Prey for the Devil Review
Daniel Stamm is no stranger to horror, almost exclusively dealing in the genre for the better part of his career. Twelve years after his hugely successful The Last Exorcism, The German filmmaker returns to the possession subgenre that help put him on the map— guess it wasn’t the “last” after all. Yet, this time he approaches the subject matter with a much different lens that strays away from the ambiguity that shrouded his 2010 effort, by cutting right to the chase with Prey for the Devil.
The film approaches its supernatural story with an ostensibly fresh angle, an X-Men-like “School of Exorcism” that secretly battles a global rise in demonic possessions. Yet, for all the originality its new perspective is imbued with, its ultimate approach is defined by convention and formula. Rendering this would-be fresh foray into horror much of the same as what’s come before.
Prey for the Devil’s approach is directly linked to its protagonist, Sister Ann (Jacqueline Byers), a young nun who believes she is answering a divine calling to be the first female exorcist. While only priests are trained in the art of exorcism, a professor (Colin Salmon) quickly recognizes her gifts and agrees to train her. When she and fellow student, Father Dante (Christian Navarro), find themselves embroiled in a battle for a young girl’s soul, who is (conveniently) possessed by the same demon that tormented Ann’s mother years ago, she soon realizes the devil has her right where he wants her.
While the screenplay, penned by Robert Zappia, touches on themes of generational trauma, mental illness, religion vs science, and gender roles, it never moves beyond simply toying with them. Instead, using them as a cloak to shelter its superficial, hollow, and cliched plot from further scrutiny, with dialogue like “us girls have to stick together” cloyingly hoping to curry favour with modern audiences. It’s in moments like these where the film reads as a dull, politically correct attempt at propaganda that shows how the Catholic Church has adapted to modern times.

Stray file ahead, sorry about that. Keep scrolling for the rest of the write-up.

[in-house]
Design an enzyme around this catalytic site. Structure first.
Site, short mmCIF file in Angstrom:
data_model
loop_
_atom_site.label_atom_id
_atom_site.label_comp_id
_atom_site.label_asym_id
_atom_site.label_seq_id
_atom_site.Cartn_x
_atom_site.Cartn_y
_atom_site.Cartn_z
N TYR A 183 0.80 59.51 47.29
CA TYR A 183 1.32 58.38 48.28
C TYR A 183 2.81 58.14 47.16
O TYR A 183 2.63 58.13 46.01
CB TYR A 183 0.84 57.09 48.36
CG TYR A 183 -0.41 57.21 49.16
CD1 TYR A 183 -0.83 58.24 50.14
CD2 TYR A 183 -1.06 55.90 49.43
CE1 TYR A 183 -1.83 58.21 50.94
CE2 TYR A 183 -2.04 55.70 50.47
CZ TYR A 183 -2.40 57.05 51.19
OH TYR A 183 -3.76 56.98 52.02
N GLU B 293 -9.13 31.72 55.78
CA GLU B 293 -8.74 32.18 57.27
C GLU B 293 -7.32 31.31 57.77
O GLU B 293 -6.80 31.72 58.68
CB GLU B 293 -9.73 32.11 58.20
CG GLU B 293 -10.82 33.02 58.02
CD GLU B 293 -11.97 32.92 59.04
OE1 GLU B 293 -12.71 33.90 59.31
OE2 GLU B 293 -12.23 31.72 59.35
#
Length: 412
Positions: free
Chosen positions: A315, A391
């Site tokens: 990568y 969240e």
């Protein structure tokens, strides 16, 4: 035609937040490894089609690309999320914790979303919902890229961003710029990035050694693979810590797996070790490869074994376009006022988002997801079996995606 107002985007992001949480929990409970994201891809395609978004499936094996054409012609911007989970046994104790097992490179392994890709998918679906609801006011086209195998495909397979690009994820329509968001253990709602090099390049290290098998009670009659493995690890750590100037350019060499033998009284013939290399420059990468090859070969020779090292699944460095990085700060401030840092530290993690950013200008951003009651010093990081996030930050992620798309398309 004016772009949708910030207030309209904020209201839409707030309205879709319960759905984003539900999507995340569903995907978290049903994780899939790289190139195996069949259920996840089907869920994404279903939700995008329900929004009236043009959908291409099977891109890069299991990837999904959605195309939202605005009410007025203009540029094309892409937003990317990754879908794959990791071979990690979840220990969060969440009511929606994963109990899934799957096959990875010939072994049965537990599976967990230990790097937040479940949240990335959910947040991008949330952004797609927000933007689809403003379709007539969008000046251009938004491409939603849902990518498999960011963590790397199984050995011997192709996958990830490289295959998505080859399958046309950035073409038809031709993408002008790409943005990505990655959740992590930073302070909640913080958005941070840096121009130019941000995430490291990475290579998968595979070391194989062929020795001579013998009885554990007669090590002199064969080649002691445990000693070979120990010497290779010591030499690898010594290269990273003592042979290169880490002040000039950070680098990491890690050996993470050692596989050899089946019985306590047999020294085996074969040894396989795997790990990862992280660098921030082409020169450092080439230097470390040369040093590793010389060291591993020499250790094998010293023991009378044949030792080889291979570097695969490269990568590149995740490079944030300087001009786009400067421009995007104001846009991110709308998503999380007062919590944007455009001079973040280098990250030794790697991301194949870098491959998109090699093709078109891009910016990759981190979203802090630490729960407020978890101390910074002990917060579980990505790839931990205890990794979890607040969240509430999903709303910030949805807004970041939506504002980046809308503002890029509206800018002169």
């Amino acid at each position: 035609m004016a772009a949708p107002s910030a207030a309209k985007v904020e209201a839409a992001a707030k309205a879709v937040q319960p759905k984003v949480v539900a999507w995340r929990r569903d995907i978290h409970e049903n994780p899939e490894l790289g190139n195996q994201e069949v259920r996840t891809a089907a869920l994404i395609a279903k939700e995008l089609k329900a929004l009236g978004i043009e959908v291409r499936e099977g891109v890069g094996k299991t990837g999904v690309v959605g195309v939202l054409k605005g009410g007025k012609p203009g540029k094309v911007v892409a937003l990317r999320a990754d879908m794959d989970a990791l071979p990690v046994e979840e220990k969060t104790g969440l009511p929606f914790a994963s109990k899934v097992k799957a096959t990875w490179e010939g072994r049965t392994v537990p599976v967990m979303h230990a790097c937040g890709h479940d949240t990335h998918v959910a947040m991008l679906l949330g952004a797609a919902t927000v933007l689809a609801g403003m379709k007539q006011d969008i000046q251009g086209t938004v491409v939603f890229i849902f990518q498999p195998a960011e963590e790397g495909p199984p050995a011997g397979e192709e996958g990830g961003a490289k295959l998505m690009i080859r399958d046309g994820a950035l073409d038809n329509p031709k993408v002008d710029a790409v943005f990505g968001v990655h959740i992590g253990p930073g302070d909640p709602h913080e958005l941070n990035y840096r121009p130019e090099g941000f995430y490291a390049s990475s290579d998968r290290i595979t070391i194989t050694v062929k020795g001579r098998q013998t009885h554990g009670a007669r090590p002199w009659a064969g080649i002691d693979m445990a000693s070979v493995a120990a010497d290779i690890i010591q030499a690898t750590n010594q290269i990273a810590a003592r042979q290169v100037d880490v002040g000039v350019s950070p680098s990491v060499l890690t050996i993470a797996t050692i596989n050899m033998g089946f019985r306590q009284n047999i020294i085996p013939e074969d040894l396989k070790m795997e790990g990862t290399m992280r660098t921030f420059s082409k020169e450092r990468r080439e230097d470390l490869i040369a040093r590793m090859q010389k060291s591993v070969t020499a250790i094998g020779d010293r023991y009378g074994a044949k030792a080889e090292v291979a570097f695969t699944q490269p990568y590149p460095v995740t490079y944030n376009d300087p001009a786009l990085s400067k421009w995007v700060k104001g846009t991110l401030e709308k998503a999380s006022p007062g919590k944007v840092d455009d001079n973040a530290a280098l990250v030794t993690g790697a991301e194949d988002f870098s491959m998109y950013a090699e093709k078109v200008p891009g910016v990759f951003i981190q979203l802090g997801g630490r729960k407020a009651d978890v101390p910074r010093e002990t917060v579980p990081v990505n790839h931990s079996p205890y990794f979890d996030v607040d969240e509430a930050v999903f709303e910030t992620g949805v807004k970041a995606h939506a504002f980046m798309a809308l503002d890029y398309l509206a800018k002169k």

In addition to the ham-fisted commentary, Prey for the Devil positions itself as both a direct horror film and an investigative mystery— it fails on both accounts. Its laughably bad horror sequences are accented by stiltedly acted drama. When it’s not enveloping the plot in ceaseless, lazily delivered exposition it’s punctuating each of its supposed tense scenes with tired, derivative, and borderline infuriating musical stings that drain every notion of suspense and catharsis from it.
Moreover, each character (or, more aptly, caricature) traverses a series of tokenisms that lifelessly push the story toward the next beat. While each performance attempts to make the most of what little they’re given, the central child performance is noticeably bad, actively miring the film in unintended comedy and a perpetual awkward air. Couple this with clunky dialogue that uncomfortably likens mental illnesses to demonic possessions, and you get an experience that virtually sucks the possession subgenre dry.
By the time, Prey for the Devil arrives at its conclusion and reveals its bafflingly obvious, eye-roll-inducing twist it has all but overstayed its welcome, releasing the hot air it solely consists of. While Stamm’s latest effort isn’t the worst the genre has on offer, it is one of the most frustrating— filled with promise that is quickly exorcized.
– Prabhjot Bains